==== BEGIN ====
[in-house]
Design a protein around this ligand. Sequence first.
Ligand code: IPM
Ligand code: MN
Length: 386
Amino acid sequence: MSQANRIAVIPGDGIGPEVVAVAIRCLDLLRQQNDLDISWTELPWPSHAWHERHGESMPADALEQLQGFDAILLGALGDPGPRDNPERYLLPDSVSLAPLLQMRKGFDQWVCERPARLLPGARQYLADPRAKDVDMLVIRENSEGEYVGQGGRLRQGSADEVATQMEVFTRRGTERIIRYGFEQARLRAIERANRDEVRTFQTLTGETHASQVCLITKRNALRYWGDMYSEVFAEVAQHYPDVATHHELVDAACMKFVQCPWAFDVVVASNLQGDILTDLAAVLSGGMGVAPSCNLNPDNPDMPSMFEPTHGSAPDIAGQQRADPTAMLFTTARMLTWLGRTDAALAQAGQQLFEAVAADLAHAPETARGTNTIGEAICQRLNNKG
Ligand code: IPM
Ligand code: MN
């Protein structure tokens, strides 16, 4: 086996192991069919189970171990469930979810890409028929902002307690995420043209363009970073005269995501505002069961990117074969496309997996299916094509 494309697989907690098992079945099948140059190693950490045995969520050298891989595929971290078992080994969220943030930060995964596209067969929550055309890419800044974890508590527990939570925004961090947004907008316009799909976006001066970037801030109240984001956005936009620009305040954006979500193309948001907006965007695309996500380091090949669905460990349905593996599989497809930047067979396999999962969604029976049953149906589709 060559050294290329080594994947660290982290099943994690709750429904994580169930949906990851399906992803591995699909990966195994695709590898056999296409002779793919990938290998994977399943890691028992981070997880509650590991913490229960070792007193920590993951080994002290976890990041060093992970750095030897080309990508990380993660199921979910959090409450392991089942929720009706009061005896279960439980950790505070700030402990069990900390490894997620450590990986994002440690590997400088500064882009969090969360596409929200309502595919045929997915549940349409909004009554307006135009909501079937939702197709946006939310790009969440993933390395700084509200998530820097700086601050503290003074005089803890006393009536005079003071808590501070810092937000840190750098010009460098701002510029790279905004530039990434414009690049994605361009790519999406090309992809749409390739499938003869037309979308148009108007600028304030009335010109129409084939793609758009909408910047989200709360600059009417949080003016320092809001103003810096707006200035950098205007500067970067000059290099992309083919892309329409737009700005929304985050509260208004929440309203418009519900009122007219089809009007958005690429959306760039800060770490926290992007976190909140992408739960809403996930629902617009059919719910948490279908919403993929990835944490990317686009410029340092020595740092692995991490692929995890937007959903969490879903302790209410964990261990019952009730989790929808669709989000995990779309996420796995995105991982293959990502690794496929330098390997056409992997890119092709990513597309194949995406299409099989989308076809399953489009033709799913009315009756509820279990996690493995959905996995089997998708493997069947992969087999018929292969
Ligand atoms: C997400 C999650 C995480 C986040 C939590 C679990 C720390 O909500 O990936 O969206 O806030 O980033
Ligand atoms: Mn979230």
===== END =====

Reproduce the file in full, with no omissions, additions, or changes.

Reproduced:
[in-house]
Design a protein around this ligand. Sequence first.
Ligand code: IPM
Ligand code: MN
Length: 386
Amino acid sequence: MSQANRIAVIPGDGIGPEVVAVAIRCLDLLRQQNDLDISWTELPWPSHAWHERHGESMPADALEQLQGFDAILLGALGDPGPRDNPERYLLPDSVSLAPLLQMRKGFDQWVCERPARLLPGARQYLADPRAKDVDMLVIRENSEGEYVGQGGRLRQGSADEVATQMEVFTRRGTERIIRYGFEQARLRAIERANRDEVRTFQTLTGETHASQVCLITKRNALRYWGDMYSEVFAEVAQHYPDVATHHELVDAACMKFVQCPWAFDVVVASNLQGDILTDLAAVLSGGMGVAPSCNLNPDNPDMPSMFEPTHGSAPDIAGQQRADPTAMLFTTARMLTWLGRTDAALAQAGQQLFEAVAADLAHAPETARGTNTIGEAICQRLNNKG
Ligand code: IPM
Ligand code: MN
């Protein structure tokens, strides 16, 4: 086996192991069919189970171990469930979810890409028929902002307690995420043209363009970073005269995501505002069961990117074969496309997996299916094509 494309697989907690098992079945099948140059190693950490045995969520050298891989595929971290078992080994969220943030930060995964596209067969929550055309890419800044974890508590527990939570925004961090947004907008316009799909976006001066970037801030109240984001956005936009620009305040954006979500193309948001907006965007695309996500380091090949669905460990349905593996599989497809930047067979396999999962969604029976049953149906589709 060559050294290329080594994947660290982290099943994690709750429904994580169930949906990851399906992803591995699909990966195994695709590898056999296409002779793919990938290998994977399943890691028992981070997880509650590991913490229960070792007193920590993951080994002290976890990041060093992970750095030897080309990508990380993660199921979910959090409450392991089942929720009706009061005896279960439980950790505070700030402990069990900390490894997620450590990986994002440690590997400088500064882009969090969360596409929200309502595919045929997915549940349409909004009554307006135009909501079937939702197709946006939310790009969440993933390395700084509200998530820097700086601050503290003074005089803890006393009536005079003071808590501070810092937000840190750098010009460098701002510029790279905004530039990434414009690049994605361009790519999406090309992809749409390739499938003869037309979308148009108007600028304030009335010109129409084939793609758009909408910047989200709360600059009417949080003016320092809001103003810096707006200035950098205007500067970067000059290099992309083919892309329409737009700005929304985050509260208004929440309203418009519900009122007219089809009007958005690429959306760039800060770490926290992007976190909140992408739960809403996930629902617009059919719910948490279908919403993929990835944490990317686009410029340092020595740092692995991490692929995890937007959903969490879903302790209410964990261990019952009730989790929808669709989000995990779309996420796995995105991982293959990502690794496929330098390997056409992997890119092709990513597309194949995406299409099989989308076809399953489009033709799913009315009756509820279990996690493995959905996995089997998708493997069947992969087999018929292969
Ligand atoms: C997400 C999650 C995480 C986040 C939590 C679990 C720390 O909500 O990936 O969206 O806030 O980033
Ligand atoms: Mn979230």